Friday, 30 October 2009

Certified sustainable: A recipe for disaster?

Sustainable is the latest buzzword in fisheries management and seafood retailing. But with experts predicting that fish stocks will be gone by 2048, can any commercially exploited marine species be classed as truly sustainable?

In 1997, with the backing of Unilever and WWF, the Marine Stewardship Council was formed. Fisheries that are assessed and meet the standard can use the MSC blue ecolabel. The MSC mission is to reward sustainable and environmentally friendly fishing practices.

In an ideal world, and for the MSC to work effectively, the assessments would have been carried out from a pristine fish stock level and monitored continuously. But this is now impossible. At least eighty percent of commercial fish stocks are now classified as fully or over-exploited. On this basis what purpose does the MSC label serve, except to encourage the increased consumption of already severely depleted fish?

Several of the world's fishery stocks have been granted MSC certification in the face of growing opposition. Despite protests from California’s Monterey Bay Aquarium and the marine conservation group Oceana, MSC in October 2009 issued an ecolabel on fish products made with Pacific hake from the Pacific Northwest. Ben Enticknap, Pacific project manager for Oceana, maintained that “The Pacific hake are at an all-time low population. There’s no good signs of recovery.” Enticknap also said that the Pacific hake population has fallen 89 per cent since the 1980s, so regulators should restrict commercial fishing and develop plans to rebuild the population.

The MSC certification of the Alaskan pollock fishery in 2005 stirred up a similar controversy with Greenpeace stating in 2008 that "the world’s largest food fishery is on the verge of collapse. Pollock, used to make McDonald’s fish sandwiches, frozen fish sticks, fish and chips, and imitation crabmeat, have had a population decrease of 50 percent since last year".

The MSC base their sustainability criteria on current scientific data gathered about fish stocks, but with  illegal fishing all too common, and under-reporting of catches rife, how can we be sure that eco-labelling is a safe way of judging a fish species' health?

Before we can strike a balance between exploiting the oceans and sustainably harvesting them we must realise that, as it stands, very few so-called 'sustainable' fisheries can be sustained at current levels. As we move from one depleted species to another, the under-exploited fish becomes tomorrow's over-exploited fish.

Even now companies are exploiting the keystone species krill to fill the commercial demand for fish oil left because of over-exploited fish stocks. Talk about fishing down the food chain, what will we do when the fish and the krill have gone?

Saturday, 10 October 2009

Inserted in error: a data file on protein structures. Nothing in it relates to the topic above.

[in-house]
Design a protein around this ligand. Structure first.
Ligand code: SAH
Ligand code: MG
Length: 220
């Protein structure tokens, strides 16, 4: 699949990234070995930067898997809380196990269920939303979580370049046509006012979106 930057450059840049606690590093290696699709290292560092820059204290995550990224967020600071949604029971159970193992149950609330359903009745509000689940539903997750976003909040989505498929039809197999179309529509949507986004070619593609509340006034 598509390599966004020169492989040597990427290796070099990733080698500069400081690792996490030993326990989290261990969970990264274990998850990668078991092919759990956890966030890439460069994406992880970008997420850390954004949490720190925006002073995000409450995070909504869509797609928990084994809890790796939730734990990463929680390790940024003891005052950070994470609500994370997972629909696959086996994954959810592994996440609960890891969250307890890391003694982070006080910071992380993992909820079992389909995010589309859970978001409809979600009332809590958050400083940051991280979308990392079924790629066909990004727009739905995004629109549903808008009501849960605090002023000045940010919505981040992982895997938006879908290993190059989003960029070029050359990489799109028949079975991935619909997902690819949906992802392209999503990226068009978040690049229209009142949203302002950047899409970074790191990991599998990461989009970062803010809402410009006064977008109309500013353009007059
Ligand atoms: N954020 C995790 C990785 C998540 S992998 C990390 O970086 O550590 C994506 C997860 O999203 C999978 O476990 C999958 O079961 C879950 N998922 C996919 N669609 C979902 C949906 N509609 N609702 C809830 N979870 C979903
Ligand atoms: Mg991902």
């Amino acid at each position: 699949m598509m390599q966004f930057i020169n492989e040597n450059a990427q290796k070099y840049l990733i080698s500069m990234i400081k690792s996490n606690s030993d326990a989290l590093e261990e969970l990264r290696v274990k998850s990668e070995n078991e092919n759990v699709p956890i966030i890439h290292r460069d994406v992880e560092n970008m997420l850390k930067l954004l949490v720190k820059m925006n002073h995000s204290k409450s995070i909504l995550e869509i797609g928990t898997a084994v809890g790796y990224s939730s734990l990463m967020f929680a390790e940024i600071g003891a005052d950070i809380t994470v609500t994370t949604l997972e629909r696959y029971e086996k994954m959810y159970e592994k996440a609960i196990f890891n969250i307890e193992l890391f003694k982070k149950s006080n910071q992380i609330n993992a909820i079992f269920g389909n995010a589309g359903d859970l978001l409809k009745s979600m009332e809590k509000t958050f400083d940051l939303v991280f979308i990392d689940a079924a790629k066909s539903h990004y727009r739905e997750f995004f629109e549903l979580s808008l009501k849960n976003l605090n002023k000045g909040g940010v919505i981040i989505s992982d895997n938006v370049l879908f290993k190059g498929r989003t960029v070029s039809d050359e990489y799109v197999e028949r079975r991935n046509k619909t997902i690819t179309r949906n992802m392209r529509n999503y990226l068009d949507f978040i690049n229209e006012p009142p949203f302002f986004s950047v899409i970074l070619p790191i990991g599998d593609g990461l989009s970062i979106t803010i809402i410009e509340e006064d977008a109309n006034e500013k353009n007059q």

Shark protection is finally gaining some momentum

There have been some small but significant developments recently in the fight to save sharks from possible extinction. Let's hope that it's a sign of more to come and that it is not too little too late.

Conservative estimates reckon that between 30 and 70 million sharks are killed annually in commercial and recreational fisheries, and some conservation organisations put that figure closer to 100 million.

Sharks are killed for a whole manner of reasons, their meat is used for food, fins for soup, cartilage in health supplements, livers for oil, skin for leather and teeth for curios, some are even killed just for the sheer pleasure of it.

Some species of pelagic shark such as the oceanic whitetip, blue, porbeagle and mako, have been pushed to the brink of extinction. As they travel the world's oceans they are susceptible to capture, particularly by longline fishing.

However, there might be some light at the end of the tunnel. The Pacific island nation of Palau recently declared that they would be creating a marine reserve for sharks. The sanctuary covers the full 230,000 sq miles of Palau's Economic Exclusion Zone, which stretches 200 miles out from its coasts. Within this region, all commercial shark fishing is banned. Previously, protection measures existed but certain levels of shark-fishing were allowed.

The Maldives in the Indian Ocean have also vowed to stop commercial fishing for sharks in its waters by 2010.

In the USA, a group calling themselves Shark Free Marinas was set up in 2008 to encourage marinas to operate a strictly catch & release policy for the shark fishing boats that operate from them.

Shark protection is also getting more support from celebrities such as January Jones from the HBO smash hit Mad Men, and a video featuring Olympic double gold medalist Amanda Beard has been released.

Even in Asia there is growing unrest over the practice of shark finning, most notably the Hong Kong based shark conservation website Shark Rescue.

In the Philippines the latest issue of Healthy Options Lifestyle Newsdigest is encouraging consumers to support eco-friendly habits rather than unwittingly supporting environmentally damaging practices like shark finning.

Unfortunately the shark conservation message isn't yet getting across to a wide enough audience, only last week in Florida, USA, a mature 750lb mako shark was gaffed from a boat, just for the fun of it apparently.

And whilst this kind of mindless slaughter of sharks is allowed to continue (and attract uncritical media coverage - the LA Times was an exception) sharks, and the people who want to protect them, still have a huge battle ahead.